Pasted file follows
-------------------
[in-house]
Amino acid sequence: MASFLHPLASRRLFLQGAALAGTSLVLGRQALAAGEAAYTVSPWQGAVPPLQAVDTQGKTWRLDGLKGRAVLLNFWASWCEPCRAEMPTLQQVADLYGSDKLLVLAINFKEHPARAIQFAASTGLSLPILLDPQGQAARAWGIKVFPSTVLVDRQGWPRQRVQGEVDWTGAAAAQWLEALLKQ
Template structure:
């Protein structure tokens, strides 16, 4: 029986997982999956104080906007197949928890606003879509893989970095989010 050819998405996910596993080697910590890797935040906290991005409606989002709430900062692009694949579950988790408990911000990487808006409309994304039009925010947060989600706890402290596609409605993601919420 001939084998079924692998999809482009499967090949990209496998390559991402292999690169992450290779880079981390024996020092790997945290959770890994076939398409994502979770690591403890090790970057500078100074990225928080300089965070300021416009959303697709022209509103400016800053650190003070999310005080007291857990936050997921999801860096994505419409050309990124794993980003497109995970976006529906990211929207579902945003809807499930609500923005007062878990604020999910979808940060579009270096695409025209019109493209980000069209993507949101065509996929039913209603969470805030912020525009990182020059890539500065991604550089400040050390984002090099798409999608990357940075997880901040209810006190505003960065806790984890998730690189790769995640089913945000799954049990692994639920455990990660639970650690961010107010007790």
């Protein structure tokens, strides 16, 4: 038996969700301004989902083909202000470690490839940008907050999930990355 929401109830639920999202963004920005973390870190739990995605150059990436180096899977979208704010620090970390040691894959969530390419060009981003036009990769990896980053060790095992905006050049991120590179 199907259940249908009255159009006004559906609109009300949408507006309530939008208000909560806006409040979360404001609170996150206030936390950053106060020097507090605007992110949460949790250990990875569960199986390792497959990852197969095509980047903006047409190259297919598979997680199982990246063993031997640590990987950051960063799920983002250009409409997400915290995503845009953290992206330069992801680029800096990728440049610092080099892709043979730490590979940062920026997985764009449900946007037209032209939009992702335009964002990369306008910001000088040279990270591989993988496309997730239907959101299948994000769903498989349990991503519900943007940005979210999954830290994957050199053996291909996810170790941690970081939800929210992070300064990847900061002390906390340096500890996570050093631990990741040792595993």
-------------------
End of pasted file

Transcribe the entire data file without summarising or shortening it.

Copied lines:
[in-house]
Amino acid sequence: MASFLHPLASRRLFLQGAALAGTSLVLGRQALAAGEAAYTVSPWQGAVPPLQAVDTQGKTWRLDGLKGRAVLLNFWASWCEPCRAEMPTLQQVADLYGSDKLLVLAINFKEHPARAIQFAASTGLSLPILLDPQGQAARAWGIKVFPSTVLVDRQGWPRQRVQGEVDWTGAAAAQWLEALLKQ
Template structure:
């Protein structure tokens, strides 16, 4: 029986997982999956104080906007197949928890606003879509893989970095989010 050819998405996910596993080697910590890797935040906290991005409606989002709430900062692009694949579950988790408990911000990487808006409309994304039009925010947060989600706890402290596609409605993601919420 001939084998079924692998999809482009499967090949990209496998390559991402292999690169992450290779880079981390024996020092790997945290959770890994076939398409994502979770690591403890090790970057500078100074990225928080300089965070300021416009959303697709022209509103400016800053650190003070999310005080007291857990936050997921999801860096994505419409050309990124794993980003497109995970976006529906990211929207579902945003809807499930609500923005007062878990604020999910979808940060579009270096695409025209019109493209980000069209993507949101065509996929039913209603969470805030912020525009990182020059890539500065991604550089400040050390984002090099798409999608990357940075997880901040209810006190505003960065806790984890998730690189790769995640089913945000799954049990692994639920455990990660639970650690961010107010007790």
């Protein structure tokens, strides 16, 4: 038996969700301004989902083909202000470690490839940008907050999930990355 929401109830639920999202963004920005973390870190739990995605150059990436180096899977979208704010620090970390040691894959969530390419060009981003036009990769990896980053060790095992905006050049991120590179 199907259940249908009255159009006004559906609109009300949408507006309530939008208000909560806006409040979360404001609170996150206030936390950053106060020097507090605007992110949460949790250990990875569960199986390792497959990852197969095509980047903006047409190259297919598979997680199982990246063993031997640590990987950051960063799920983002250009409409997400915290995503845009953290992206330069992801680029800096990728440049610092080099892709043979730490590979940062920026997985764009449900946007037209032209939009992702335009964002990369306008910001000088040279990270591989993988496309997730239907959101299948994000769903498989349990991503519900943007940005979210999954830290994957050199053996291909996810170790941690970081939800929210992070300064990847900061002390906390340096500890996570050093631990990741040792595993």